50 End Use Saturation, Standby Power, and Efficiency Standards convenience of instantly being on or ready to use. While there has been some discussion of placing limits on standby power use, no action has been taken. Manufacturers argue that consumers value the convenience provided by clocks, timers, memories, instant-on capabilities and so forth and that standby power consumption should be factored into the existing appliance efficiency standards. In the early 197s California adopted minimum efficiency standards on several residential appliances. Other states soon followed California s lead and by the early 198s several states had adopted efficiency standards. At the federal level the Energy Policy and Conservation Act (EPCA) of 1975 established voluntary appliance labeling and efficiency targets, but did not include mandatory efficiency standards. Faced with the possibility of a patchwork of state mandatory standards, appliance manufacturers supported a national standard which prevented states from establishing state specific standards. In 1987 the National Appliance Energy Conservation Act (NAECA) was enacted directing the U.S. Department of Energy to establish minimum standards for several appliances and to periodically review the standards. Over the years the NAECA has been supplemented with additional legislation and the Department of Energy has revised the standards (see Figures 66 and 67). An example of the effect of energy standards and changing standards over time is shown for refrigerators in Figures 68 through 71. Figure 68 is an estimate of the average annual energy consumption (kwh) of new refrigerators over time. Figures 69 through 71 show the average estimated energy consumption for one type of refrigerator available in the market place before and after standards became effective in 199, and when the standards were revised in 1993 and 21. The upward sloping solid lines in these figures represent the minimum efficiency standard for Top-Mounted Auto-Defrost refrigerators with increasing refrigerator volumes, points above the solid line are estimates of energy consumption prior to the efficiency standards, and points below the solid line are energy consumption estimates after the standard becomes effective. Note that the standard varies with the size of the refrigerator and other types of refrigerators have different standards which also vary with size. The efficiency standard adjustment for size and/or type of appliance is applied to other appliances such as air-conditioners and arises due to technical constraints. While building codes also have a substantial impact on energy efficiency, they are established in a manner that is quite different from appliance efficiency standards. The U.S. Department of Energy is given a role in residential and commercial new building codes through the EPCA (1975) and the Energy Policy Act of Beginning in 1977 DOE began working with the states to implement the Model Energy Code (MEC) developed by the Council of America Building Officials (CABO) and the related ASHRAE/IES standard developed by the American Society of Heating, Refrigeration and Air-Conditioning Engineers, Inc. The MEC was updated approximately every three years through 1998 when it was replaced by the International Energy Conservation Code (IECC) when CABO passed the responsibilities for MEC to the International Code Council. Since 1998 the IECC has been updated almost every year. DOE reviews the IECC and when it determines that the changes would result in improving residential and/or commercial building energy efficiency, develops building standards which individual states are encouraged to adopt in whole or in part, although the states are not mandated to do so. Thus while not mandated by law, the DOE building codes are often 49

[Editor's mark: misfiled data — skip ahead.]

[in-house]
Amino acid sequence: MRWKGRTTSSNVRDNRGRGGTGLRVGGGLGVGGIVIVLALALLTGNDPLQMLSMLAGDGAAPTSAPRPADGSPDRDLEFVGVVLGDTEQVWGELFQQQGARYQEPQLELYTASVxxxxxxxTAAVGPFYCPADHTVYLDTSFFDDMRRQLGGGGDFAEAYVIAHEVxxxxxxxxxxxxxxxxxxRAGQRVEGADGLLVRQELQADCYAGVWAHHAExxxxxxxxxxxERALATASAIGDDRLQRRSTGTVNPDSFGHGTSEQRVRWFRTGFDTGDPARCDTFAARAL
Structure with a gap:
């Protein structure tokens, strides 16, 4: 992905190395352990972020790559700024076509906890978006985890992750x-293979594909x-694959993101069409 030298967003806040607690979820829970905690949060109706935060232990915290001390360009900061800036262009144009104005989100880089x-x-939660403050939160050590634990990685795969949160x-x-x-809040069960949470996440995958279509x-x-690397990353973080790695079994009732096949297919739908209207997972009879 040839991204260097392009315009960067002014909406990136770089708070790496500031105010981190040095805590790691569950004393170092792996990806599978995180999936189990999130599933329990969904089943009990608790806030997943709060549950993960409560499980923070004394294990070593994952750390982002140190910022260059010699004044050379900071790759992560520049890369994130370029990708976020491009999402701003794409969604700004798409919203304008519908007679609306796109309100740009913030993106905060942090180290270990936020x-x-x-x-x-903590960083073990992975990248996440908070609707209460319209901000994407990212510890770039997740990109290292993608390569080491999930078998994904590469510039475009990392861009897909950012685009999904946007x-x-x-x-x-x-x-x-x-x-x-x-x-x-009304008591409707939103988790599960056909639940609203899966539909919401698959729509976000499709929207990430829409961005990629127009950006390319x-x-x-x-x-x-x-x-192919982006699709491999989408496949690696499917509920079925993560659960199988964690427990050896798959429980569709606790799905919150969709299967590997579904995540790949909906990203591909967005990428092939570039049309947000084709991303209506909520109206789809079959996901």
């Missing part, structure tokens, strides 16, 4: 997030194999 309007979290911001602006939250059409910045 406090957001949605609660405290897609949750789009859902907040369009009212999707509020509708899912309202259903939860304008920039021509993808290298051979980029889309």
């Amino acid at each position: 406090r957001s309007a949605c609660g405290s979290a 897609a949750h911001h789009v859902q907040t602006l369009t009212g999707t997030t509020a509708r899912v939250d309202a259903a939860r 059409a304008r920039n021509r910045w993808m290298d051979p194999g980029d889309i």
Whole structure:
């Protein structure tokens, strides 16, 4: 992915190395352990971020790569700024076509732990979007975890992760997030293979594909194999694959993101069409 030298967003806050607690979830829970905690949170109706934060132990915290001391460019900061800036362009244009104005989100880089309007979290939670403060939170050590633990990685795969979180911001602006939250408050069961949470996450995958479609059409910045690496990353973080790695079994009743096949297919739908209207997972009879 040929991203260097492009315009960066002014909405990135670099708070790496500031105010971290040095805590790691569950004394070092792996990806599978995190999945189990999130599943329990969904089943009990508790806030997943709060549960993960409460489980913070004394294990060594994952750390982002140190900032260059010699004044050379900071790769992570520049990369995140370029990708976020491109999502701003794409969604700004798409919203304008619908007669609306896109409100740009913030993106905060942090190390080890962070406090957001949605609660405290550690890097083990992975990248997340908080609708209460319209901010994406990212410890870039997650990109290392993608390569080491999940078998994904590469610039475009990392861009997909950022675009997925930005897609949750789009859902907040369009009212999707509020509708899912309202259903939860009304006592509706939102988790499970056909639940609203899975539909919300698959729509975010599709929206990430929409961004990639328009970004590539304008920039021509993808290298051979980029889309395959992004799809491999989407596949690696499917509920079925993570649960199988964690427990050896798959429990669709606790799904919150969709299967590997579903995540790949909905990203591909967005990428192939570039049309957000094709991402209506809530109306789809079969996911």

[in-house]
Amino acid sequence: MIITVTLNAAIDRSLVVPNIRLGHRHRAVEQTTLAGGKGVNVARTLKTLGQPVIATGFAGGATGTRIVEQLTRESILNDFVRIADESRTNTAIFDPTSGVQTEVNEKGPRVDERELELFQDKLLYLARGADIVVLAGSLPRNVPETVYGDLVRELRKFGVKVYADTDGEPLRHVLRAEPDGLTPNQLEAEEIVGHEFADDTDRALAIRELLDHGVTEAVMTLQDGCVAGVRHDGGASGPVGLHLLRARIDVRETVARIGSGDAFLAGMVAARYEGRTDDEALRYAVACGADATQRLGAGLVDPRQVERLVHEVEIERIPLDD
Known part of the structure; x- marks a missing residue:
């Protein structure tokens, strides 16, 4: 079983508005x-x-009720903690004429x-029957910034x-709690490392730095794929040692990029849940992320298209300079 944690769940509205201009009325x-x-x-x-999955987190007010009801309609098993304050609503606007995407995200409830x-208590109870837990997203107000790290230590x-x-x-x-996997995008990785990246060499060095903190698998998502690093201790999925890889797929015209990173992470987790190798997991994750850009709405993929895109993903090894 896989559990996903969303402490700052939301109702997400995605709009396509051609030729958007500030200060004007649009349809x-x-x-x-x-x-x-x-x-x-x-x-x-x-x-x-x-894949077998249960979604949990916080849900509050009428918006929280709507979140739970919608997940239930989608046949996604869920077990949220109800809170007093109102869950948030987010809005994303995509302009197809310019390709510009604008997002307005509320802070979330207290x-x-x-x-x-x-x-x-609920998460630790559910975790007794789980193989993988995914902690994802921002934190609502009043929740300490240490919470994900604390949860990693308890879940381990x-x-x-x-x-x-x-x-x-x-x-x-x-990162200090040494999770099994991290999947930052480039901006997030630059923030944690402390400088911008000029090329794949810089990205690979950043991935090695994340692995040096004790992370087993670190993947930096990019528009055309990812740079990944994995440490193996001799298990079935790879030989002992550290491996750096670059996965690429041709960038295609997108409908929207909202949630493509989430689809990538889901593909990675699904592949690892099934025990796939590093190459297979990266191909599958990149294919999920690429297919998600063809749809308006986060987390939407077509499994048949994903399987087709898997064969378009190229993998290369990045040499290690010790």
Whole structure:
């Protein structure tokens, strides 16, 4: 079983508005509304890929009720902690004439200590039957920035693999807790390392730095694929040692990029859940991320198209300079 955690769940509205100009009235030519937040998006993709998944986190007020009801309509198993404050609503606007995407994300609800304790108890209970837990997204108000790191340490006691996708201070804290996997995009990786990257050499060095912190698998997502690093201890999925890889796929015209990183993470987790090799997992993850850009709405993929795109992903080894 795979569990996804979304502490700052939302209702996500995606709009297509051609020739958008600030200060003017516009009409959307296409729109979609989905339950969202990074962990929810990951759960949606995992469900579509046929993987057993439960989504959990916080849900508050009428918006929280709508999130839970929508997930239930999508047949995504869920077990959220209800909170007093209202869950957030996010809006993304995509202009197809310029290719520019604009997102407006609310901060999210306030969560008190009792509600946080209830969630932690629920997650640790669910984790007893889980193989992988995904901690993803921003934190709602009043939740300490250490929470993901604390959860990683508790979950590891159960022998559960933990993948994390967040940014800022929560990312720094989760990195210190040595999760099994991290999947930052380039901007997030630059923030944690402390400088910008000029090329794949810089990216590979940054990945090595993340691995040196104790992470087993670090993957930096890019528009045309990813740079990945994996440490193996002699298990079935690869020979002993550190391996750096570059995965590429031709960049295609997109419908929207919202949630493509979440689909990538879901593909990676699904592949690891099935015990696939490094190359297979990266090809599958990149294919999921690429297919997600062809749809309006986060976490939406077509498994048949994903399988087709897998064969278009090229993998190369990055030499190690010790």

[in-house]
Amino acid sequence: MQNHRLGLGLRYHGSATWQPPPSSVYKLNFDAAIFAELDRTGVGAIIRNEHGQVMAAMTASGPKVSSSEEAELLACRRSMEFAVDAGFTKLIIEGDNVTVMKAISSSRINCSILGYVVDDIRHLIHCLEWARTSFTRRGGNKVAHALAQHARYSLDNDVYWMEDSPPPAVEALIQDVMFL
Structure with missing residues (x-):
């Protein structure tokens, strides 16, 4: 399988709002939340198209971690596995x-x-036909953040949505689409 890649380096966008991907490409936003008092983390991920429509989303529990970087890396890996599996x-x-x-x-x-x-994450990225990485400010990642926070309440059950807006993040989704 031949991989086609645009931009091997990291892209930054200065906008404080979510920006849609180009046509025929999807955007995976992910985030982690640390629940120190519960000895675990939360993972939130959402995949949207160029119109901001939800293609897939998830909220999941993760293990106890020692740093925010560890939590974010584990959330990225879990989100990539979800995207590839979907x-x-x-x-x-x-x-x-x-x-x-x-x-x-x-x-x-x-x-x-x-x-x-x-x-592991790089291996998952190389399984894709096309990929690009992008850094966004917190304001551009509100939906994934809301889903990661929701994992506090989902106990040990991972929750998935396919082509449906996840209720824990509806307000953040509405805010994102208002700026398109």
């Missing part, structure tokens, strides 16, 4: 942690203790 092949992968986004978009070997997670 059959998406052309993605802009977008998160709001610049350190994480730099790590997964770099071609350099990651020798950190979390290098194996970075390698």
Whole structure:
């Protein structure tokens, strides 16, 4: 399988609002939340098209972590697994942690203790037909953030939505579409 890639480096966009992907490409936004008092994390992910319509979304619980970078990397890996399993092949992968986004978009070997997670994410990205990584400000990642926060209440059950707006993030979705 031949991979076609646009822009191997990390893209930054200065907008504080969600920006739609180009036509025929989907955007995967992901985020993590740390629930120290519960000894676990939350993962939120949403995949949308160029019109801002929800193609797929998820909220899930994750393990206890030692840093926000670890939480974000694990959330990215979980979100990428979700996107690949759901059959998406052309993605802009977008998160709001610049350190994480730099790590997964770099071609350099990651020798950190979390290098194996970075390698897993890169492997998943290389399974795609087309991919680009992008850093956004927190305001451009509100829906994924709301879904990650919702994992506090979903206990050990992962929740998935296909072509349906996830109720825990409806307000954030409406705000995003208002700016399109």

51 End Use Saturation, Standby Power, and Efficiency Standards adopted by states in whole or in part. The most recent DOE model codes were developed in 21 and 24. Enforcement of code standards is a state matter that is normally enforced by county or municipal building inspectors. Also, states and local governments are permitted to develop their own standards. Thus building standards and their enforcement vary by state, county, and local area. The current Indiana Energy Conservation Code is based upon the 1992 MEC as amended by Indiana in 21. 5

52 Table End Use Saturation, Standby Power, and Efficiency Standards Page 1 Electricity Consumption by End Use in U.S. Households, Appliances in East North Central Households, Selected s, Energy Use of Personal Computer in Standby Mode Figure Page 65 Standby Power (Watts) U.S. Has 25- History of Developing Efficiency Standards Efficiency Standards Became Effective in 199 and Continue to be Updated Average Energy Consumption for New Refrigerators Refrigerator Efficiency Before and After 199 Standard Refrigerator Efficiency Before and After 1993 Standard Refrigerator Efficiency Before and After 21 Standard